Among composers who are or were non-Brits the least surprising presence is Handel. For me, the most unpredictable, though magnificent, was Richard Strauss (also, of course, of German birth). His music appeared in the brief yet superbly imperious form of the Wiener Philharmoniker Fanfare (1924) as arranged by Paul Mealor. The Strauss is more of an emblem of reconciliation after the events of the last century than the Handel.

Some figures who were favoured in 1953 such as Arnold Bax, Gustav Holst, Herbert Howells, George Dyson and John Ireland have had to stand back. Bax’s 1953 Coronation March (with its famous sturdy Welsh traditional hymnal countersubject – Charles III then Prince of Wales had his investiture not that far from Harlech) in fact salved its wounds somewhat with a cracking performance by the BBCSO conducted by the admirable Michael Seal on Radio 3’s afternoon concert programme. Shame about Howells, though.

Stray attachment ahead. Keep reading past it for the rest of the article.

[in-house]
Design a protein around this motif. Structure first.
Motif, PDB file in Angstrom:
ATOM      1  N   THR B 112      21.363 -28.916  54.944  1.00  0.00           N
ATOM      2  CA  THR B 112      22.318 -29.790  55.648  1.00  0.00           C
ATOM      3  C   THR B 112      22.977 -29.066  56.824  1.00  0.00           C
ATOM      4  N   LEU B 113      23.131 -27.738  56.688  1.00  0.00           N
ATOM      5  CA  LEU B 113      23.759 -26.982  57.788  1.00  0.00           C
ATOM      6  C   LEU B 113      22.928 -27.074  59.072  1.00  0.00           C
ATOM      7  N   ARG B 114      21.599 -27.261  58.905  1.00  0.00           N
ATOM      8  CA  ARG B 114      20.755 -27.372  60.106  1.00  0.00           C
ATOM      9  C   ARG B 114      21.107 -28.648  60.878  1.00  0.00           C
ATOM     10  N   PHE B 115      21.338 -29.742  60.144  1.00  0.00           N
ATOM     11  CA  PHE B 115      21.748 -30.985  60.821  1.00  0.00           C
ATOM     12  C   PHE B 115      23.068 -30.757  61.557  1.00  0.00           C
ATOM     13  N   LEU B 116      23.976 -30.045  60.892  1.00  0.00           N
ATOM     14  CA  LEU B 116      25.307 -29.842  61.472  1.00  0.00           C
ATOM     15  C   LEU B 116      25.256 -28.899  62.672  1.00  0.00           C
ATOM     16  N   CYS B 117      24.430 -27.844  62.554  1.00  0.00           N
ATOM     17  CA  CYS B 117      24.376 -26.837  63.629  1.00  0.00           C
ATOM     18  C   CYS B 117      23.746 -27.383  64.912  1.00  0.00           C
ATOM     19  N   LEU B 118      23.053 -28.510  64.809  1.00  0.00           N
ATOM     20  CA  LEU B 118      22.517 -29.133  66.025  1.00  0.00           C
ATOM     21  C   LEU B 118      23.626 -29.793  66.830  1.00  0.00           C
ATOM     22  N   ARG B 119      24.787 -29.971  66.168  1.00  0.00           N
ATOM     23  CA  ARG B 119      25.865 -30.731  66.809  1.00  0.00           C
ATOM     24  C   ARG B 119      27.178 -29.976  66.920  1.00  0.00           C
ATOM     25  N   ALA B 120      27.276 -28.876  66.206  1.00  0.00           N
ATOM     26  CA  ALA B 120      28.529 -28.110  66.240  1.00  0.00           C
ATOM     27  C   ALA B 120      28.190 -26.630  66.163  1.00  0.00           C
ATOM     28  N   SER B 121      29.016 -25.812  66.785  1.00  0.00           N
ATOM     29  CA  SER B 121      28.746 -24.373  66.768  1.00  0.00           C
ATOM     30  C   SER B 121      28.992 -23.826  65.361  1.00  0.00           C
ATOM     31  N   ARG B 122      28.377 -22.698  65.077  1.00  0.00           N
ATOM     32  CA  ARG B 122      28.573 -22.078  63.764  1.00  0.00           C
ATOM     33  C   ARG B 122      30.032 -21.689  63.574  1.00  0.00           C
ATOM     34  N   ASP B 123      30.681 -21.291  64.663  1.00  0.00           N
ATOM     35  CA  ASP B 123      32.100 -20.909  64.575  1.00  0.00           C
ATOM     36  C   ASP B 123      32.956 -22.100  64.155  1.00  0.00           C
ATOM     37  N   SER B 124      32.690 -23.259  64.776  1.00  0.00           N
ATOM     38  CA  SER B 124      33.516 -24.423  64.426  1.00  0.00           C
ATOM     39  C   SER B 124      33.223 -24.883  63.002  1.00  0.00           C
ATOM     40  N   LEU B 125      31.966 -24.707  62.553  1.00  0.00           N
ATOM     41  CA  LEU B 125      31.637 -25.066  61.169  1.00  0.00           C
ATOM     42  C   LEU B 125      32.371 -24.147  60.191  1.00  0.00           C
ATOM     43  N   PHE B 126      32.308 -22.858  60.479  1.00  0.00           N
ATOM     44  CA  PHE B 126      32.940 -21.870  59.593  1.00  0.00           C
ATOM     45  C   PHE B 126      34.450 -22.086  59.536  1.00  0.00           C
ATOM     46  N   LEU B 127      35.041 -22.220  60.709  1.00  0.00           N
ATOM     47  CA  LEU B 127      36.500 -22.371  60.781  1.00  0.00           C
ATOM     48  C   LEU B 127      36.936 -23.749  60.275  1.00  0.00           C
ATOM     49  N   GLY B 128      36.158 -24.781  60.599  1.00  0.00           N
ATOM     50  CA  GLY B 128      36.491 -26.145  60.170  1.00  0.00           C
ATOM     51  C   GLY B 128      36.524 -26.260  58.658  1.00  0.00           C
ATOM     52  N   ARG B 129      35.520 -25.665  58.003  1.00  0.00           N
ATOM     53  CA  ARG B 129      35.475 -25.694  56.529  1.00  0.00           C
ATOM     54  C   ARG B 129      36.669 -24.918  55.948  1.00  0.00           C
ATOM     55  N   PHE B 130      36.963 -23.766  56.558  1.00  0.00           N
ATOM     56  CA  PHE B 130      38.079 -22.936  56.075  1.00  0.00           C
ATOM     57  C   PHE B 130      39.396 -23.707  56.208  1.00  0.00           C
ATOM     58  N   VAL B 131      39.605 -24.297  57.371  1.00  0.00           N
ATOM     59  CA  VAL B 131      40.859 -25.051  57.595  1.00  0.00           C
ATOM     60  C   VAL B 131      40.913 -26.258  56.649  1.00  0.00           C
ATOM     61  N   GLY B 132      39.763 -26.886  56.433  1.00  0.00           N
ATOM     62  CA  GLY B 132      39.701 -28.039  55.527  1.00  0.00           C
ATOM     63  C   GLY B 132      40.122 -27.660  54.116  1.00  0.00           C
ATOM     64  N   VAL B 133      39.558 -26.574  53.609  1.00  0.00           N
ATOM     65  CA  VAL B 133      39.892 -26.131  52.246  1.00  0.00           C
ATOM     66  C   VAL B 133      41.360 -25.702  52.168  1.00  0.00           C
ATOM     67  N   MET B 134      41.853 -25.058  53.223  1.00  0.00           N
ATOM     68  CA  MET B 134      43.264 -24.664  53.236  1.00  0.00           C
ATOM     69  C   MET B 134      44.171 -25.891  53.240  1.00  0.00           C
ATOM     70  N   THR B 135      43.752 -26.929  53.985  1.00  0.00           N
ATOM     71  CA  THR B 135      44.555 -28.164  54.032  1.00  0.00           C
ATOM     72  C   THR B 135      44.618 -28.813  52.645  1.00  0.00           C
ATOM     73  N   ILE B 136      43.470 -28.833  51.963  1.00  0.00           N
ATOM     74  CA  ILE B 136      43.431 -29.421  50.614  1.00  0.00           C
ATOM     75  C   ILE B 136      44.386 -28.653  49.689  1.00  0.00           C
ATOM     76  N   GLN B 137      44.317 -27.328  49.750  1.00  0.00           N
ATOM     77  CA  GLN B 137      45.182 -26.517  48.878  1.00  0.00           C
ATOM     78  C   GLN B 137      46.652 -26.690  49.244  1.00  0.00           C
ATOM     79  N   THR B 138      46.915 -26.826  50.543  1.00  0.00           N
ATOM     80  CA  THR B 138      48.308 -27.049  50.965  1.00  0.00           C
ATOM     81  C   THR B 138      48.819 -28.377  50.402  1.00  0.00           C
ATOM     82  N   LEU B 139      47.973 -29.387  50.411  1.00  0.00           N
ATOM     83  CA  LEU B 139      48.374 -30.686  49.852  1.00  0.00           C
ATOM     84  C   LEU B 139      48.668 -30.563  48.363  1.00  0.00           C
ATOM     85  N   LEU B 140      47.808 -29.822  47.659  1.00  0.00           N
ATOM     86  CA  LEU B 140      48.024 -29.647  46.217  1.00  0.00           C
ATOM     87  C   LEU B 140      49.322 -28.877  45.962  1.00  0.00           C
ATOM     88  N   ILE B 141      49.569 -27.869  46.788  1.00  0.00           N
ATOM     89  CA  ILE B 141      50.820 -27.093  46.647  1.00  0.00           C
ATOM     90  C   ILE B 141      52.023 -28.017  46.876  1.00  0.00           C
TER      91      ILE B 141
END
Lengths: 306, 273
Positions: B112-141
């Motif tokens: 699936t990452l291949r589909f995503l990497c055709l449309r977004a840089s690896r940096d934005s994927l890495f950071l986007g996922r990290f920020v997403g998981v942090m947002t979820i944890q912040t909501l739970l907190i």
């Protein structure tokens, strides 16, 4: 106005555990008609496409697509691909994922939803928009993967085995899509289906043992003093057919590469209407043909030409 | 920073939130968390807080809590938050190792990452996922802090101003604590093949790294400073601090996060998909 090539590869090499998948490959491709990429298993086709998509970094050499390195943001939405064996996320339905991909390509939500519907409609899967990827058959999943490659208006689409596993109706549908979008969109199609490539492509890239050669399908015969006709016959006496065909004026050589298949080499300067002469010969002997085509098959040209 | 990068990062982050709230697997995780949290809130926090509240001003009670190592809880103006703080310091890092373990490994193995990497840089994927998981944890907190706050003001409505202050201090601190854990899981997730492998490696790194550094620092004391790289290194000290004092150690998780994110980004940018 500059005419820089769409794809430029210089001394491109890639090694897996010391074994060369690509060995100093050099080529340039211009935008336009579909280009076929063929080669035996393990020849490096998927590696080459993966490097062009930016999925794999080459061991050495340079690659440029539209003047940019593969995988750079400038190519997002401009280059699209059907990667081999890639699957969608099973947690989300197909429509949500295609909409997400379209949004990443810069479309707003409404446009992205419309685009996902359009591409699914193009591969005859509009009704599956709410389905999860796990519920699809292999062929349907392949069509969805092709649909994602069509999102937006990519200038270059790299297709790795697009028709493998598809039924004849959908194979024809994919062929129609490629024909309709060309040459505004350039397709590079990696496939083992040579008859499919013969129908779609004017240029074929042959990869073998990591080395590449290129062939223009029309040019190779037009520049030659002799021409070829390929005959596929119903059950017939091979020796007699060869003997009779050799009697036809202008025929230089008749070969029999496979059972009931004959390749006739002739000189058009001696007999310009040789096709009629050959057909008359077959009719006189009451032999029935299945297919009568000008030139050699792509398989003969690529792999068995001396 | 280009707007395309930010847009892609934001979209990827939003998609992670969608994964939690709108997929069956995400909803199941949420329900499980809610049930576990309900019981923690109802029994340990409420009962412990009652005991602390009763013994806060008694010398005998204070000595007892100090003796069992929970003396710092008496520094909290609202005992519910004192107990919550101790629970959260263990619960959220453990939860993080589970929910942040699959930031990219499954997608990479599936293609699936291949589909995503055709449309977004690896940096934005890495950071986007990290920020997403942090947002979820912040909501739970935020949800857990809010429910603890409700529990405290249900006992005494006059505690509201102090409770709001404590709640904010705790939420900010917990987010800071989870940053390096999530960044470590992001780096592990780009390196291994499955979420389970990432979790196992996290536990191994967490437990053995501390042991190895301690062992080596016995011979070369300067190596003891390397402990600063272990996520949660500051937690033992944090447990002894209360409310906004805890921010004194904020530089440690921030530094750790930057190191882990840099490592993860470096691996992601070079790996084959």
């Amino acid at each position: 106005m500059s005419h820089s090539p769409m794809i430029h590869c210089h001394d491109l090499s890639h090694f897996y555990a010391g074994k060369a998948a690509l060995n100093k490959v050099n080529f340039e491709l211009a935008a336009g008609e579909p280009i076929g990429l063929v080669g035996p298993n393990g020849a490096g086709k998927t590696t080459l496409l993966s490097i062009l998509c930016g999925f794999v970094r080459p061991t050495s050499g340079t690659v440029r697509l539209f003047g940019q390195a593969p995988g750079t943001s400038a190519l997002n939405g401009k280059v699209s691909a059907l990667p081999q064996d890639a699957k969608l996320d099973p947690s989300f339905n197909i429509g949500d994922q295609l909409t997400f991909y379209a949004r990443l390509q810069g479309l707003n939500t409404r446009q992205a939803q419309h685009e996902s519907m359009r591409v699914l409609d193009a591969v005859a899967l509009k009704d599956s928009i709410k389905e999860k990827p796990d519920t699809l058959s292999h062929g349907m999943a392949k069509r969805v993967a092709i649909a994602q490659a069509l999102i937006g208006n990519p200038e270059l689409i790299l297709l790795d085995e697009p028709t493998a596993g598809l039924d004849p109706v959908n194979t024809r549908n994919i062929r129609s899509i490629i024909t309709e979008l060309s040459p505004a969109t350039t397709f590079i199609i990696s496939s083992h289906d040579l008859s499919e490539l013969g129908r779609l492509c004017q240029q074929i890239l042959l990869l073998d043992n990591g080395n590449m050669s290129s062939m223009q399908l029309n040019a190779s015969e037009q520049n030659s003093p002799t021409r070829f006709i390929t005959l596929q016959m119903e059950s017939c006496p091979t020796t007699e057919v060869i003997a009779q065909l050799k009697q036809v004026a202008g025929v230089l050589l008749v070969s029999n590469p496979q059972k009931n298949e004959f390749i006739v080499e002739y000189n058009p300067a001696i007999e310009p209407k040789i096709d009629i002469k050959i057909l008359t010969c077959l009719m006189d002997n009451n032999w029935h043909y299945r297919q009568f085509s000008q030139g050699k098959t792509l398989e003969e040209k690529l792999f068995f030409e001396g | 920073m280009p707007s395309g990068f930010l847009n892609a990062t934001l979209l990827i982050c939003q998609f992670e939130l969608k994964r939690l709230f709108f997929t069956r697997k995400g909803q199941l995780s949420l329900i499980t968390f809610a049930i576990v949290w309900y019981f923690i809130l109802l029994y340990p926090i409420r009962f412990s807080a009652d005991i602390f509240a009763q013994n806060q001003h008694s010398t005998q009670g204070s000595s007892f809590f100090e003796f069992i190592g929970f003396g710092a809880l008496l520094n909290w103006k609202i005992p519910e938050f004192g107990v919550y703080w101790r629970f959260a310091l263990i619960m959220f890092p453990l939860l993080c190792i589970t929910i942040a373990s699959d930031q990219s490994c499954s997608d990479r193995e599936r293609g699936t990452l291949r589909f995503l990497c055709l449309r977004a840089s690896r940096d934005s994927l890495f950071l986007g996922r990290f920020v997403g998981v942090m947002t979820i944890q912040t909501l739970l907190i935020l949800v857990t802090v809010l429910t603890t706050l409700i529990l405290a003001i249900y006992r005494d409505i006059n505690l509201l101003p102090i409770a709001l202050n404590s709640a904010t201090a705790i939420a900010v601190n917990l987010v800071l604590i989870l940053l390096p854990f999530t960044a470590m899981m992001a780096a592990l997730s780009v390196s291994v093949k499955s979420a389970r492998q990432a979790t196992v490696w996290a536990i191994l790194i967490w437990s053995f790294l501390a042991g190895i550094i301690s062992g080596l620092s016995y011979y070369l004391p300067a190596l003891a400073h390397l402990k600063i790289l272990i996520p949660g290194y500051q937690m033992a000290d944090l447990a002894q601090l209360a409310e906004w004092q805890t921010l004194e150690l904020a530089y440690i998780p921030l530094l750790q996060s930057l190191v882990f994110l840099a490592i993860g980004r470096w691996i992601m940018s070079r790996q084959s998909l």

The ozone-fresh simplicity of Wiseman’s two Alleluia sections. The Enthroning by Lloyd Webber ends CD 1 and rides high on the virtuosity of the Fanfare Trumpeters of the Royal Air Force and the Coronation Orchestra. Splendour indeed. Roxanna Panufnik’s Coronation Sanctus inhabits starry realms between Howellsian complexity and Szymanowski’s Third Symphony. The singing is silky and the organ writing and playing flickers in magic and majesty. The Boyce of The King Shall Rejoice manages to combine bubbling energy and airy flight.

This Walton Te Deum (written for the 1937 Coronation) is flighted, eager and joyous and must have delighted many (it certainly did me) who watched and listened on TV. All is well done but the harp is superbly caught by the Decca team, as are those headlong brass fanfares and the singing at the midway point (3.40 et seq tr. 12). They catch that essential joy just barely under control.